North Wales’ mountainous landscape and mining economy slope off into the Irish Sea at Llandudno. Heartland Coffee Roasters are one the town’s few specialty operations where Nathan Prosser leads the business’ development. Directing green bean selection, roast profiles and equipment fall under Nathan’s responsibilities, alongside interfacing with trade customers. In this interview, Nathan outlines his journey in coffee and the realities of bean selection in North Wales.
When did you start your career in coffee and how did you come across the industry?
I started my career in coffee in 2017 after working in different shorter-term positions across other industries, mainly performance sport. The way I entered the industry was through the owner of my favourite local coffee shop. For a few years I sat and sipped coffee from all sorts of origins around the world, and discussed them with the owner as I drank. After a while he told me that the roastery just down the road that was supplying his coffee was looking to expand and take on some staff. He was a good friend of the owner at the roastery and put me in touch with him to start that conversation. After some conversations and a couple of months, I was given a job at the roastery based mainly on my passion for coffee and a small amount of knowledge gleaned from years of home brewing.
My passion for coffee was kicked-off after receiving a bag of Ethiopian coffee and a stove top as an 18th birthday present. After experiencing the new and interesting flavours that coffee had to offer, a journey to explore other coffees was set in motion and everywhere I went I sought out the best coffee I could. This lead me to an afternoon in Leeds when I went to Mrs. Atha’s and tasted their batch brew - a Burundi Kayanza - which was bursting with stone fruit and berry flavours.
What's the status of specialty coffee in North Wales?
The status of specialty coffee in North Wales is unique. We are in an area where we wisely offer a broad range of coffees, including a real crowd pleaser that isn’t too “out there” in its flavour profile. Our house espresso, Landmark, is a coffee which brings typically South and Central American tasting notes; dark chocolates, dark toffee, nutty, caramel. Flavour notes that are very accessible, and that is important for us to be able to offer.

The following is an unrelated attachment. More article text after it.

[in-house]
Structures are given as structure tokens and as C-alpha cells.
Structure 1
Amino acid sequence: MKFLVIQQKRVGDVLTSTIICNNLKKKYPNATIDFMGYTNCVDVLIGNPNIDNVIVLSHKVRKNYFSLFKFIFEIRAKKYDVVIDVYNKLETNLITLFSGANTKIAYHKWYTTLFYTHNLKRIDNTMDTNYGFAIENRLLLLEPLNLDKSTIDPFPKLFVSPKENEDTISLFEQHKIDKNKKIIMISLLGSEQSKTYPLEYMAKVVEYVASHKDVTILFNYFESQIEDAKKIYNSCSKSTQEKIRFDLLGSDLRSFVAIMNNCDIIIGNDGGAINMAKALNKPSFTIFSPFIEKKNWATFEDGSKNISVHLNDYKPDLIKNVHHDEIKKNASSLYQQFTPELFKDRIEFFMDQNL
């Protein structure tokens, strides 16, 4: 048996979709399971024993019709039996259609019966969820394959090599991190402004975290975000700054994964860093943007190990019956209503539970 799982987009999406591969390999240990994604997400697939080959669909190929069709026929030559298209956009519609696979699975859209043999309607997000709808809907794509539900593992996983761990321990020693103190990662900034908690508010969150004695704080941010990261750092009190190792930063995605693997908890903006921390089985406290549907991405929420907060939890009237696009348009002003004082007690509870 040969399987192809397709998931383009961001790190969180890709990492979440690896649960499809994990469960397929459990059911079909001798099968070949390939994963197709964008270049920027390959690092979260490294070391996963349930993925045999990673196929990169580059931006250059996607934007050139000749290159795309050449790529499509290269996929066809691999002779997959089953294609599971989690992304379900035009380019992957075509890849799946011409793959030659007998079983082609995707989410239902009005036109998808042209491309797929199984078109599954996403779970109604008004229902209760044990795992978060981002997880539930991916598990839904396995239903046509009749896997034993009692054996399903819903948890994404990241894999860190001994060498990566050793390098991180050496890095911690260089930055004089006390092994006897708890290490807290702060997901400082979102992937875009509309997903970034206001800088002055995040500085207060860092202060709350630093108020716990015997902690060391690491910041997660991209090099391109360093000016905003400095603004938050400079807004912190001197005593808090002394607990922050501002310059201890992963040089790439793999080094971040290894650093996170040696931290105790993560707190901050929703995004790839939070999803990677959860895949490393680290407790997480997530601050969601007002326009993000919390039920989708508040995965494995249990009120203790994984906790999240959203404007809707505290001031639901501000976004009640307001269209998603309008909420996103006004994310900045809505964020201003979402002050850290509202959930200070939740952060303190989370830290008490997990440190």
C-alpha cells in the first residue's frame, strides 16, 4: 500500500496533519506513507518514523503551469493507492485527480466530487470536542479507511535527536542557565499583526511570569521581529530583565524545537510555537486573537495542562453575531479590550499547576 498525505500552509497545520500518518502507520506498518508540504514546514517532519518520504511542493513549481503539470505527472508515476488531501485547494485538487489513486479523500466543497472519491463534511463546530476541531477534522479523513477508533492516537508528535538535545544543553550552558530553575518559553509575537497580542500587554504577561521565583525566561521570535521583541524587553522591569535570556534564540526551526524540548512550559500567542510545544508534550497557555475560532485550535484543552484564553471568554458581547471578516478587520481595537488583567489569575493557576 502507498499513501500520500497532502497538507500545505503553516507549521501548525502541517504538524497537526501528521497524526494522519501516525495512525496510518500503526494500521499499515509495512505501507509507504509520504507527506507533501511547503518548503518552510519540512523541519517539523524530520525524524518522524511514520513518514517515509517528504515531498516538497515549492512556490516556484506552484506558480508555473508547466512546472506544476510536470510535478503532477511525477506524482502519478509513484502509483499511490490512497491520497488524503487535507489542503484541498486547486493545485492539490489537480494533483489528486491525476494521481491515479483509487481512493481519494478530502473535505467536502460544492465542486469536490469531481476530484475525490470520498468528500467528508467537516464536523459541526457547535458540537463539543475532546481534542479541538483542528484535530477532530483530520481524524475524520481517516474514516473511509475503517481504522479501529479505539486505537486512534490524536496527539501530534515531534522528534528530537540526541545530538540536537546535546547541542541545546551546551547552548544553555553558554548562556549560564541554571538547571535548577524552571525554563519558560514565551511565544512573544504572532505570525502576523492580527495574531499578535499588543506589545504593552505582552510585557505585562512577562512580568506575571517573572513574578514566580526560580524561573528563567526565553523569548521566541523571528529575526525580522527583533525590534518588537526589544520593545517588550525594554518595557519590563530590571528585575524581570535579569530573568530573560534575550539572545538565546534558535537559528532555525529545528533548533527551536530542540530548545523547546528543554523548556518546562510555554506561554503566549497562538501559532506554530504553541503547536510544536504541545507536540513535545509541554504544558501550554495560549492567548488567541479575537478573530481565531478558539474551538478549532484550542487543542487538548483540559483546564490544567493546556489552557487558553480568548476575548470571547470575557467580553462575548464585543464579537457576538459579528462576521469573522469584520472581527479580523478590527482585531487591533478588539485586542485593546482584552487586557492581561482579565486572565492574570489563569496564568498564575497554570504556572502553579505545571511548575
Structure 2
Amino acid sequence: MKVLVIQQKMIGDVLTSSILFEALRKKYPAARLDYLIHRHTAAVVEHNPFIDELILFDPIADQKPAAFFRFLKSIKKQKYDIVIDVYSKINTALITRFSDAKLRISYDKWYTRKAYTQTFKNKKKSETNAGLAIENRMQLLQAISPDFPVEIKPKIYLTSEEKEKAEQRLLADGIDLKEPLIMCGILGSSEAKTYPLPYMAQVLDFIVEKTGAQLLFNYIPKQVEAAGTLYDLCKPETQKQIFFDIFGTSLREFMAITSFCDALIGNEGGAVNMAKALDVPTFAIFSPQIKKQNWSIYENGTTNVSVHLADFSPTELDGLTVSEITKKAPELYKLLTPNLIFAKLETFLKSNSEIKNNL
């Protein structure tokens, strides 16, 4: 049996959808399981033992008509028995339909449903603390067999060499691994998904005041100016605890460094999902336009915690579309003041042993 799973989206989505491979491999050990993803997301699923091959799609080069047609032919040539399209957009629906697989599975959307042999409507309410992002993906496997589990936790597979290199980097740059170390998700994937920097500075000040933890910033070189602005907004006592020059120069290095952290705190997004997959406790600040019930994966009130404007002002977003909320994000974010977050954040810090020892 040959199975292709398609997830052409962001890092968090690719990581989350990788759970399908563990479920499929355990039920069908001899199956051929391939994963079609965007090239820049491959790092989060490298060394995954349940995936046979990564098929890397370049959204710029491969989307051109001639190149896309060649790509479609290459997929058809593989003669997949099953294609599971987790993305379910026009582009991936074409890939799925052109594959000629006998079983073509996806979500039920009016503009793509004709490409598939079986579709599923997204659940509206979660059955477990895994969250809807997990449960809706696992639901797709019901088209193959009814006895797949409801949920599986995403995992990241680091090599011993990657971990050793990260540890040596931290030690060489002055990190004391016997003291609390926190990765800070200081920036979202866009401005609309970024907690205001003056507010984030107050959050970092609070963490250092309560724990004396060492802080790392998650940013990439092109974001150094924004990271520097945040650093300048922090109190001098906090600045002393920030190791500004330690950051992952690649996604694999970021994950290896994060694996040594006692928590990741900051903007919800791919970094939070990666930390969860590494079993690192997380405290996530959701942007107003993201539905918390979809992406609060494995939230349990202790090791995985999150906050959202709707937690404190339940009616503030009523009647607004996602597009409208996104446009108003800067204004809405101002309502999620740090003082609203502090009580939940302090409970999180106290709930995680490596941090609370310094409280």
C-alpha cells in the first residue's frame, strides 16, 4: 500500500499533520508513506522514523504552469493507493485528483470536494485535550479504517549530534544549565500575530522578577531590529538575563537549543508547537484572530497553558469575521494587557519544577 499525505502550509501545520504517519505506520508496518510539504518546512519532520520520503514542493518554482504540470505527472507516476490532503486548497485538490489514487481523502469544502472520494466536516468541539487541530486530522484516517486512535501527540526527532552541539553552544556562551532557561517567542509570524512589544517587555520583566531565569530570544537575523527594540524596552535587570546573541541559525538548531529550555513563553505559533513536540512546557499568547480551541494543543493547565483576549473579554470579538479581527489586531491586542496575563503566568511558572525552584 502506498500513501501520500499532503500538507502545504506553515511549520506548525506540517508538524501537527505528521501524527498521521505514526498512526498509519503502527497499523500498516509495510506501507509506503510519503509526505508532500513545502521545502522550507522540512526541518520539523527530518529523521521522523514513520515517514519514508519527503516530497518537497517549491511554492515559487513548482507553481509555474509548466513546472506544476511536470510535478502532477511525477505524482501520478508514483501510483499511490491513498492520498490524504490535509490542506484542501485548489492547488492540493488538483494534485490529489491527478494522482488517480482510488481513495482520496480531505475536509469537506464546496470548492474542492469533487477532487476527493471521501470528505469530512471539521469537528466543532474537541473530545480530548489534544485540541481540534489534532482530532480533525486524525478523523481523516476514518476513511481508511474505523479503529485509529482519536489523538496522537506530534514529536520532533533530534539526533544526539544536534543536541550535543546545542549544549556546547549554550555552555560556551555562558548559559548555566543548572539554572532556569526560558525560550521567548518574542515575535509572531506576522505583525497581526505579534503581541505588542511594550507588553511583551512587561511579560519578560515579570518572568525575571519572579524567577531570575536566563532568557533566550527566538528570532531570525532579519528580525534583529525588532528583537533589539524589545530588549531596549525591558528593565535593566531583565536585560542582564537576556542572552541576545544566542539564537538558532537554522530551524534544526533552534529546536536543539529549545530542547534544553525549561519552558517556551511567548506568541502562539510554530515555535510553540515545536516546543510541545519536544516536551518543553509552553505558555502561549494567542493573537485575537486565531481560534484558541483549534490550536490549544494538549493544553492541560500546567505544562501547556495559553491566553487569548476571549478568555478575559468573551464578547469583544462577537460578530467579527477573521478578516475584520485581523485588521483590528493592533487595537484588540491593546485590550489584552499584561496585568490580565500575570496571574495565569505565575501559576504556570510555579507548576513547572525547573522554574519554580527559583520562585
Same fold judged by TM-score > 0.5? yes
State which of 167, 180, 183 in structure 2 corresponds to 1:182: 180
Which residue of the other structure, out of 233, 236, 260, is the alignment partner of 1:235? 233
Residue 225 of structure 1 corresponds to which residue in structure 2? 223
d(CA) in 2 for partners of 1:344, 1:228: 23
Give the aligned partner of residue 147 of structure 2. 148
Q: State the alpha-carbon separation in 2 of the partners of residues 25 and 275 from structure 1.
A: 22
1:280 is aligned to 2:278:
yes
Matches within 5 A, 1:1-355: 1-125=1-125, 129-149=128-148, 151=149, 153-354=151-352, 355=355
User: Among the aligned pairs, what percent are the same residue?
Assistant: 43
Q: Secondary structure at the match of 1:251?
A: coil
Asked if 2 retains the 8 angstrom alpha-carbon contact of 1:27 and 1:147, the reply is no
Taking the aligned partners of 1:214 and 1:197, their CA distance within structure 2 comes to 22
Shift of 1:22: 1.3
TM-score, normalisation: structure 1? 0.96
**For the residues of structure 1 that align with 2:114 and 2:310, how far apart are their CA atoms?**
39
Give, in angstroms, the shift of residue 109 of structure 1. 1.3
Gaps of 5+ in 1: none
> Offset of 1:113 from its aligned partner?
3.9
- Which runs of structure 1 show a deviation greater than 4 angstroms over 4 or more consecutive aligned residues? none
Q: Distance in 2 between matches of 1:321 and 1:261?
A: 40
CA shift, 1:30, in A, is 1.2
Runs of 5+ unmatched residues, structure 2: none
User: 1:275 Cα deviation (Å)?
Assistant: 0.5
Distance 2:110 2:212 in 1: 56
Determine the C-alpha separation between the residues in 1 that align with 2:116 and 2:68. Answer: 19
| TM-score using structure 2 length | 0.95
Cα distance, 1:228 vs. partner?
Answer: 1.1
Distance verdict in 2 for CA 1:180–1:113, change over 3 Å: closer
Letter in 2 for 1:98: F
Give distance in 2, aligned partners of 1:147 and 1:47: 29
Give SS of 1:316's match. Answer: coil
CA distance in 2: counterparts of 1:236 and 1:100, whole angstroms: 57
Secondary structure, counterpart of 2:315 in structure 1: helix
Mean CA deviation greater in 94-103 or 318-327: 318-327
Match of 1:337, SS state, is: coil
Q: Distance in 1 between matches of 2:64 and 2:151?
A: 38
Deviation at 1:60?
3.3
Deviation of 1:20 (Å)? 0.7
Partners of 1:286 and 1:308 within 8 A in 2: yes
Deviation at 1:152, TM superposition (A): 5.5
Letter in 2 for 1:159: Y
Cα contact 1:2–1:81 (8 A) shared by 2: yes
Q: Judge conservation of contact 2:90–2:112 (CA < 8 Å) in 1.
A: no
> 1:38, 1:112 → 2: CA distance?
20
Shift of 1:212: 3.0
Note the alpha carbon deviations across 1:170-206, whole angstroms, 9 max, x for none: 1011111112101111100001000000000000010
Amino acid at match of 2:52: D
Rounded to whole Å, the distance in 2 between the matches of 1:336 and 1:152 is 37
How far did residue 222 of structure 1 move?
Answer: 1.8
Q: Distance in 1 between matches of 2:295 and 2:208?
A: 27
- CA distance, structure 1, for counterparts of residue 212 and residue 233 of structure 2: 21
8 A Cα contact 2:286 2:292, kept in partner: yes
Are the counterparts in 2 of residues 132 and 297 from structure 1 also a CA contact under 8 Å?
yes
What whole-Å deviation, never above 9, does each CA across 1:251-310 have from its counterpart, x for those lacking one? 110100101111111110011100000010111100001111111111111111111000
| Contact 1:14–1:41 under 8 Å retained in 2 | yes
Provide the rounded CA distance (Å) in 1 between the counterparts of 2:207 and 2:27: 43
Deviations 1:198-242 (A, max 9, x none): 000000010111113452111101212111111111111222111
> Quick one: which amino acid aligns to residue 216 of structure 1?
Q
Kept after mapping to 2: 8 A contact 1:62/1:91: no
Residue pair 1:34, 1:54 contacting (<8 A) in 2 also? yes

I guess ultimately what I’m trying to say is that if we only offered super high altitude washed Ethiopian coffees which taste like delicious berry teas then only a tiny percentage of people would enjoy our offering. That would not help us in our mission to expand and raise people’s perceptions of coffee. Offering a coffee such as Landmark helps people feel good about third wave/specialty coffee and then when they return, they are keen to explore something new, because now they trust our quality.
What types of people are suited to working in coffee?
Don’t get me wrong though, North Wales does have its pockets of serious coffee experts! It’s always exciting to meet people who want to know what lighter natural coffees you have, or they specifically want something direct trade etc. To say that 90% of the population want a classic style espresso blend, and the smaller percentage want something more specialty is true reflection of North Wales, but actually I think that’s also a true reflection of the global coffee consumer too.
If someone is new to coffee and looking to start out, what would you recommend they start with?
I’m not sure there is a right or wrong way to start with coffee… if you’re someone who is used to tasting things and thinking about the quality and taste of what you’re eating or drinking then you could dive right into some top notch, high scoring funky coffees. But if you’ve never really stopped to see if you can taste toffee in your whisky or fruits in your beer or wine, then maybe starting with a classic South or Central American coffee. Going for some sort of balanced, medium roast Guatemala or Brazil coffee for example is a nice welcome. You could probably expect some accessible tasting notes such as chocolate, nutty and maybe some mild red fruit. On top of that, if you were brewing at home, something like that would also be a touch more forgiving.
Are there some central blog posts or websites that you go to gain more knowledge, develop further skills?
I find Perfect Daily Grind has been the best place to access some well informed articles and they have such a broad catalogue covering all sorts of coffee skills.
What's next for your career? What's on the horizon and what goals do you have for the coming three years?
In the future, I have ambitions to be involved in the creation of a cafe space, whilst continuing to work at the roastery. I have particular interest in the design, equipment selection, people and systems of a coffee shop. Setting the culture of a place like that where there is a chance for regular positive contact with consumers is great for the coffee industry and to tell the stories of the farmers we support.
Find Heartland Coffee Roasters near the train station in Llandudno (Google Maps)